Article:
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Compare Println vs Printf in Golang with Examples

  • Last Updated : 10 May, 2020
Geek Week

Println and Printf are the functions to print the output in Golang. Both are present inside the package “fmt“. However, both these functions provide output differently as follows:

Println

Means “Print Line”. It helps us to print integers, strings, etc but inserts a new line at the end i.e. a line break is inserted. It formats the string using the default formats for its operands. Println also inserts spaces between arguments.

Syntax:

func Println(a ...interface{}) (n int, err error)

Example 1:




// Golang program to show the uses of Println function
package main
  
import "fmt"
  
func main() {
  
    // The Println prints and
    // adds a new line
    s := "Sam"
    age := 25
    fmt.Println("His name is", s)
  
    fmt.Println("His age is", age, "years")
}

Output:



His name is Sam
His age is 25 years

Example 2:




// Golang program to show the uses of Println function
package main
  
import "fmt"
  
func main() {
    a, b := 10, 20
  
    fmt.Println("a * b: ")
    fmt.Println(a, "*", b, "=", a*b)
}

Output:

a * b: 
10 * 20 = 200

Printf

Means “Print Formatter”. It prints formatted strings. It contains symbols in the string which you want to print and then arguments after it will replace those symbol points. It does not insert a new line at the end like Println. For that, you’ll have to add “\n” in the end. It formats the string according to a format specifier.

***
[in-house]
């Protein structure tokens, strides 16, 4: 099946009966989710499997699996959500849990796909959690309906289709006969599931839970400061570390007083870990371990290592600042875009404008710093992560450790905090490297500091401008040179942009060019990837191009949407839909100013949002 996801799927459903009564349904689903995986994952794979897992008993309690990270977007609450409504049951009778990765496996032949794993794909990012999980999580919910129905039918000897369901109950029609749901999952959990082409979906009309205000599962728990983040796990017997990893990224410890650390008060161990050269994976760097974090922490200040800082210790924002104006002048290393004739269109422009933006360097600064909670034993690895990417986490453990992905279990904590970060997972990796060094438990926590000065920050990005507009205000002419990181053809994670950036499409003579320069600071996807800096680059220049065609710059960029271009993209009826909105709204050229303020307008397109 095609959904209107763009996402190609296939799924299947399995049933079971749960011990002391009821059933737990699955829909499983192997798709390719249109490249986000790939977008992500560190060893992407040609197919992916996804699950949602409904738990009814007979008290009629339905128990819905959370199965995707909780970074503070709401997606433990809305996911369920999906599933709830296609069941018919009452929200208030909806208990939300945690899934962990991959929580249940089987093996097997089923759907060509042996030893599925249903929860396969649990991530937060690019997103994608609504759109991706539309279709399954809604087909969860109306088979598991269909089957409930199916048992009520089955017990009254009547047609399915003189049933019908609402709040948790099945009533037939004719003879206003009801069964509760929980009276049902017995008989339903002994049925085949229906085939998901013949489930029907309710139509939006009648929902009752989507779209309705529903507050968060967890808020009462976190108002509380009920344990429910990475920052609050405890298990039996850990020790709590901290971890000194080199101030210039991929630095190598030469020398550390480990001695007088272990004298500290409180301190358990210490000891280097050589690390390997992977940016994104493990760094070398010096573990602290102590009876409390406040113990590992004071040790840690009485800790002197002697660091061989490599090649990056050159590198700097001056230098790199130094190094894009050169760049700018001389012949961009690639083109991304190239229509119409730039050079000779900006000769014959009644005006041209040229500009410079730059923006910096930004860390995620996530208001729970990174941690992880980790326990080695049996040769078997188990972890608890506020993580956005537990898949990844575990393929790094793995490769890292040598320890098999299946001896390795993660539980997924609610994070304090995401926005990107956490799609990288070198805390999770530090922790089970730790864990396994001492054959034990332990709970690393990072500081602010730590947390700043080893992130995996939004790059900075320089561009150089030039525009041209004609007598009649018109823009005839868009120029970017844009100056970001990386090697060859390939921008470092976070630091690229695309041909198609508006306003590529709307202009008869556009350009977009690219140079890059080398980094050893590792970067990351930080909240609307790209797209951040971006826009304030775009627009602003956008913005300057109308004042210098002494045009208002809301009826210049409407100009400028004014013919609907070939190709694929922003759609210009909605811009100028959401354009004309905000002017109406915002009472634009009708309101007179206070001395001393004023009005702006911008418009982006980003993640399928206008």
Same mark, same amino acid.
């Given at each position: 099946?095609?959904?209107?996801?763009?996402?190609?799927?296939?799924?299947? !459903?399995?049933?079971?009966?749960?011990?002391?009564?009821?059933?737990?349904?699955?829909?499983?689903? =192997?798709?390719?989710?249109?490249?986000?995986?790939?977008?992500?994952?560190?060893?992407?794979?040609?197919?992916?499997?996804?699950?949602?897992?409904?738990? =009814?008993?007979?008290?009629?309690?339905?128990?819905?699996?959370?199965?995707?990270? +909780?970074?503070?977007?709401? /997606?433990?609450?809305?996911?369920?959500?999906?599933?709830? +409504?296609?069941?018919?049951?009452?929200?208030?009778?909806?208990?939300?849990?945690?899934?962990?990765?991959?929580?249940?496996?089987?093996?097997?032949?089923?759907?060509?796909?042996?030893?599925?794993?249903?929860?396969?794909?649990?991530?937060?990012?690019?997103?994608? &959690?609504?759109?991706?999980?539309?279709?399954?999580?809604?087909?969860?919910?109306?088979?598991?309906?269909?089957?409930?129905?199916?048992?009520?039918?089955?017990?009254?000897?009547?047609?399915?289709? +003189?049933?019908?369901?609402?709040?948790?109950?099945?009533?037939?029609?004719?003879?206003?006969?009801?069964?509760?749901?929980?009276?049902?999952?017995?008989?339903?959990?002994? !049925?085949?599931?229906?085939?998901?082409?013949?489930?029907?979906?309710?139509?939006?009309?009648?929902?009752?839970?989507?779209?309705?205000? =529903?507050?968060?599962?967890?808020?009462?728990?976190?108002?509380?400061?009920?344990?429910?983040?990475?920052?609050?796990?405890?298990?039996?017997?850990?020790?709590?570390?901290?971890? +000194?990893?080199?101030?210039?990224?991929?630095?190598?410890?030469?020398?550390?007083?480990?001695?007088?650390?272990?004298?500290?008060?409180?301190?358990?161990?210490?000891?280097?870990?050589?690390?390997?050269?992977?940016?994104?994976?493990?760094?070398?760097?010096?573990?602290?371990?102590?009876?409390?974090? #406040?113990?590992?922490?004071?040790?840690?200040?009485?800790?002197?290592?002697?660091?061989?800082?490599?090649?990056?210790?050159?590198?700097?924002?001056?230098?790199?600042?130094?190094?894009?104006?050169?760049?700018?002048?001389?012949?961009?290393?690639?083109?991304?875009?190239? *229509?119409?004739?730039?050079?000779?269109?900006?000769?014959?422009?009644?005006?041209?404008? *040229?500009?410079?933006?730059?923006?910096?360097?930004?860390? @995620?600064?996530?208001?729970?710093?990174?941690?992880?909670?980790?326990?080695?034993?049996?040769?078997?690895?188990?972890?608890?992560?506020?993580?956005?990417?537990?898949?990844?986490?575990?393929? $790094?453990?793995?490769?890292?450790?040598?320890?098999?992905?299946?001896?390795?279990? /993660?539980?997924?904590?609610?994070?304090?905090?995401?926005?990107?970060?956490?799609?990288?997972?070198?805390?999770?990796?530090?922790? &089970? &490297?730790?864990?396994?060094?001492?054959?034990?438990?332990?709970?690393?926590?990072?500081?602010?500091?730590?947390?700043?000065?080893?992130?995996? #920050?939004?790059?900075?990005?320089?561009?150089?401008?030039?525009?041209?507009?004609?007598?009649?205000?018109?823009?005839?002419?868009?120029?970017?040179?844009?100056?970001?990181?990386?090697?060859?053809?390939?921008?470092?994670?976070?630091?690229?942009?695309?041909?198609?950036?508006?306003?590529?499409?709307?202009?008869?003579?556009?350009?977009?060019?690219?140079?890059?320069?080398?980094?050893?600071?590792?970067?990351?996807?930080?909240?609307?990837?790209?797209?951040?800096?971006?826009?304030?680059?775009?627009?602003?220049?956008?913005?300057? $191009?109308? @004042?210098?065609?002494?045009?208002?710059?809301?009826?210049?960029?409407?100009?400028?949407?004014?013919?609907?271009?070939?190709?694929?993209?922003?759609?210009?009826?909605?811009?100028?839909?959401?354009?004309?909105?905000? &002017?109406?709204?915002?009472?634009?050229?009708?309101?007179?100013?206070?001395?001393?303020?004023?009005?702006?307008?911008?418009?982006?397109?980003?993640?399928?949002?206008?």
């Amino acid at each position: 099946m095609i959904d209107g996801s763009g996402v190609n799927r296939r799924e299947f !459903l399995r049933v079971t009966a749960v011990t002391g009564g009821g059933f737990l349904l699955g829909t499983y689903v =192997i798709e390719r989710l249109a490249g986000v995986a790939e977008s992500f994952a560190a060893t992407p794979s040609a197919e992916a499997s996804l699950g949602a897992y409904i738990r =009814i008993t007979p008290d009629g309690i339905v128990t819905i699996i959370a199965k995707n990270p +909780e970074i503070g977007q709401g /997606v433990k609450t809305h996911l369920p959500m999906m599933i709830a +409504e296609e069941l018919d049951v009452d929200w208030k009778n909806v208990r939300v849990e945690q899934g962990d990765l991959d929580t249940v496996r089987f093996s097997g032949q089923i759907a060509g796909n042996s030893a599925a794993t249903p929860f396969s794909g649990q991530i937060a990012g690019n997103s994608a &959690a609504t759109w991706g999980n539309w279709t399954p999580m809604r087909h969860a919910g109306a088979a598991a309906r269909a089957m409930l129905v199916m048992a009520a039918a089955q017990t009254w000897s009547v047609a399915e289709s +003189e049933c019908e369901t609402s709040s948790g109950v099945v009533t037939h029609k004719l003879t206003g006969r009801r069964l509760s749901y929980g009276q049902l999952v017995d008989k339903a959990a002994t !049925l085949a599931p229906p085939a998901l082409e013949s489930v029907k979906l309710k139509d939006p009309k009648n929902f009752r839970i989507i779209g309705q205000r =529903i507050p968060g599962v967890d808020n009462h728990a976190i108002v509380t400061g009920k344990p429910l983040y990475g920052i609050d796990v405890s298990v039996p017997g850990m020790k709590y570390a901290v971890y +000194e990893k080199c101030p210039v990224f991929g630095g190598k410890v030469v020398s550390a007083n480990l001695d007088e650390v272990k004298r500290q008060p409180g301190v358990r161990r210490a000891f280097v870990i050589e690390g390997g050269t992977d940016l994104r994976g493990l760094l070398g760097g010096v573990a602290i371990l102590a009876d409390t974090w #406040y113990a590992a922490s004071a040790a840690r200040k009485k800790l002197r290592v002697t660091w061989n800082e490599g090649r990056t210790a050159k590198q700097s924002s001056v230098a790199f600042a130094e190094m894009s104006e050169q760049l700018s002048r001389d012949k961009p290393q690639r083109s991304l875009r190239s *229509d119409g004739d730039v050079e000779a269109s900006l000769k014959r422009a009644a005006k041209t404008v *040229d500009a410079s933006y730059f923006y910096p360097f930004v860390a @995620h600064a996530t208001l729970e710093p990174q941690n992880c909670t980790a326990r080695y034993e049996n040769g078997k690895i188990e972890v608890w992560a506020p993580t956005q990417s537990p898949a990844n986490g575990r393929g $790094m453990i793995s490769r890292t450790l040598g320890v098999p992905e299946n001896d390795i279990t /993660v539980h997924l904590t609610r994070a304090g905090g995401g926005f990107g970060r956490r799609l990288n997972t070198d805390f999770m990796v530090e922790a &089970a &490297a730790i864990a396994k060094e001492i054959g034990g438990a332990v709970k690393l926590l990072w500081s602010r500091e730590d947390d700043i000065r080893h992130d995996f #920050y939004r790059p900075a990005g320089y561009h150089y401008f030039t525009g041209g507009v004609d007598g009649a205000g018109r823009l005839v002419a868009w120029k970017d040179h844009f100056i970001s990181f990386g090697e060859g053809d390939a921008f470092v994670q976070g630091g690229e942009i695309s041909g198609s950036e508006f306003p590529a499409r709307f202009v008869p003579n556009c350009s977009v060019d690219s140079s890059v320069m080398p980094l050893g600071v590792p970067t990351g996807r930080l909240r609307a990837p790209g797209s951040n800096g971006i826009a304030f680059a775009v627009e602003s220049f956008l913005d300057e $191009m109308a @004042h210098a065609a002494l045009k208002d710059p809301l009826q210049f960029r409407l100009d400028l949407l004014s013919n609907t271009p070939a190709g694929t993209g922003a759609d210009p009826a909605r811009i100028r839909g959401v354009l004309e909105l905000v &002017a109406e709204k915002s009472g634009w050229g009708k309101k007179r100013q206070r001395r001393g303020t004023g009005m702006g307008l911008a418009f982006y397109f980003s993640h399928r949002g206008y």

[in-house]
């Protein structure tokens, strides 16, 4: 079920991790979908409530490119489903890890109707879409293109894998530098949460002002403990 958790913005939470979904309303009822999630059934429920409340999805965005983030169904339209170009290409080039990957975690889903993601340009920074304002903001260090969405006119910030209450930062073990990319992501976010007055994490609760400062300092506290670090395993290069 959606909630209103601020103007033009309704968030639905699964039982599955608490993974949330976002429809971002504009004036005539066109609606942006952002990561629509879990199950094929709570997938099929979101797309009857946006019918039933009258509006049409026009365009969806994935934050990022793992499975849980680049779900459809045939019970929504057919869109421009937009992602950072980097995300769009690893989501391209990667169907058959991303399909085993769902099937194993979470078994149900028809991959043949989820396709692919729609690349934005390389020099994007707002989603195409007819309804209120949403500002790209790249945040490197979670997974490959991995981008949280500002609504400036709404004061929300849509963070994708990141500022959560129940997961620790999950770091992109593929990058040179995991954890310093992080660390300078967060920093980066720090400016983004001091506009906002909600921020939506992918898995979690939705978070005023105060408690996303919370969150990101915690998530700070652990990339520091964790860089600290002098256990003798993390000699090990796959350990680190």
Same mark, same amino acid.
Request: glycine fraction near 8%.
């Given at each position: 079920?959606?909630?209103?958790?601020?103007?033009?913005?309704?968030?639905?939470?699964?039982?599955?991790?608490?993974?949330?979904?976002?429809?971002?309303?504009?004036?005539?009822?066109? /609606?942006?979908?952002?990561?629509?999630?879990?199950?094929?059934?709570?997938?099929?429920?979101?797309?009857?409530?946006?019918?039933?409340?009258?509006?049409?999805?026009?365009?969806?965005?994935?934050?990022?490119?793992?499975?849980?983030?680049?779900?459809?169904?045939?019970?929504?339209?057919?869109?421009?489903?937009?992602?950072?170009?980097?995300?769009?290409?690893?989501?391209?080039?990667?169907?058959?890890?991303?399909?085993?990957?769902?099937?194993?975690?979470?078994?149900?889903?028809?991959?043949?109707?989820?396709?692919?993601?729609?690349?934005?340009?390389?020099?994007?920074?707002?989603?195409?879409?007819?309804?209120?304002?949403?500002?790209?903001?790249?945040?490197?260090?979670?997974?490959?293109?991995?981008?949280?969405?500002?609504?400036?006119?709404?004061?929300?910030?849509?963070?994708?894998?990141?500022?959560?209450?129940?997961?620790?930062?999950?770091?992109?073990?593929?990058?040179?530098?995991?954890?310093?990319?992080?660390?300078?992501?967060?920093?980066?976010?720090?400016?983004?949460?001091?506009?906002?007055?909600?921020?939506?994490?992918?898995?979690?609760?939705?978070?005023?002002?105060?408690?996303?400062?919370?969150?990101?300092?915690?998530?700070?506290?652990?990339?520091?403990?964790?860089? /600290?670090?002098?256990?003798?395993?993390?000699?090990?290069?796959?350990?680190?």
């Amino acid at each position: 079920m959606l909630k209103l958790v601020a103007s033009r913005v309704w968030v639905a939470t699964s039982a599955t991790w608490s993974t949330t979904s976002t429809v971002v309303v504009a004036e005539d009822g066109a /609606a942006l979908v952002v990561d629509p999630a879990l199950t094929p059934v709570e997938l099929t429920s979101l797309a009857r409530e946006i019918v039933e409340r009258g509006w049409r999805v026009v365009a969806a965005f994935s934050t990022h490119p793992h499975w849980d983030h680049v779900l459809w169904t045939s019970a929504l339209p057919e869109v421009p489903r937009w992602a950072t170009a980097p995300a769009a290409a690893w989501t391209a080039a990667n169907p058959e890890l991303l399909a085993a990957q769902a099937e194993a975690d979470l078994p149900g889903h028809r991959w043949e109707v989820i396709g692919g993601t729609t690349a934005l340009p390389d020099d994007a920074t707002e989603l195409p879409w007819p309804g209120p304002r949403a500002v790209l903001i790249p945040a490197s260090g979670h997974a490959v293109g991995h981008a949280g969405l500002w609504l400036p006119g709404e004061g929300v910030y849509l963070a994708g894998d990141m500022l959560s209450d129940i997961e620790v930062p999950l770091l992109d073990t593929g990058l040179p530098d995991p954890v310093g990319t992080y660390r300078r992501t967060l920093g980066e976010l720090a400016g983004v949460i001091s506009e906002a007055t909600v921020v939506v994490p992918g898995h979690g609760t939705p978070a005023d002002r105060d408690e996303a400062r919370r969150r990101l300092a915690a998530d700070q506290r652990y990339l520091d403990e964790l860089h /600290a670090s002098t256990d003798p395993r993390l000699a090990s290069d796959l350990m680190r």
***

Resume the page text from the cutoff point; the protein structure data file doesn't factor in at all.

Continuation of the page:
Syntax:

func Printf(format string, a ...interface{}) (n int, err error)

Example 1:




// Golang program to show the uses of Printf function
package main
  
import "fmt"
  
func main() {
  
    // The Printf prints but
    // doesn't add a new line
    s := "Sam"
    age := 25
  
    fmt.Printf("His name is %s", s)
  
    fmt.Printf("His age is %d ", age)
    fmt.Printf("years")
}

Output:

His name is SamHis age is 25 years

To be more clear, see the below example. Here Printf formats according to a specified format specifier but Println uses the default formats for its operands.




// Golang program to show the uses
// of Printf and Println function
package main
  
import "fmt"
  
func main() {
    m, n, p := 15, 25, 40
  
    fmt.Println(
        "(m + n = p) :", m, "+", n, "=", p,
    )
  
    fmt.Printf(
        "(m + n = p) : %d + %d = %d\n", m, n, p,
    )
}

Output:

(m + n = p) : 15 + 25 = 40
(m + n = p) : 15 + 25 = 40



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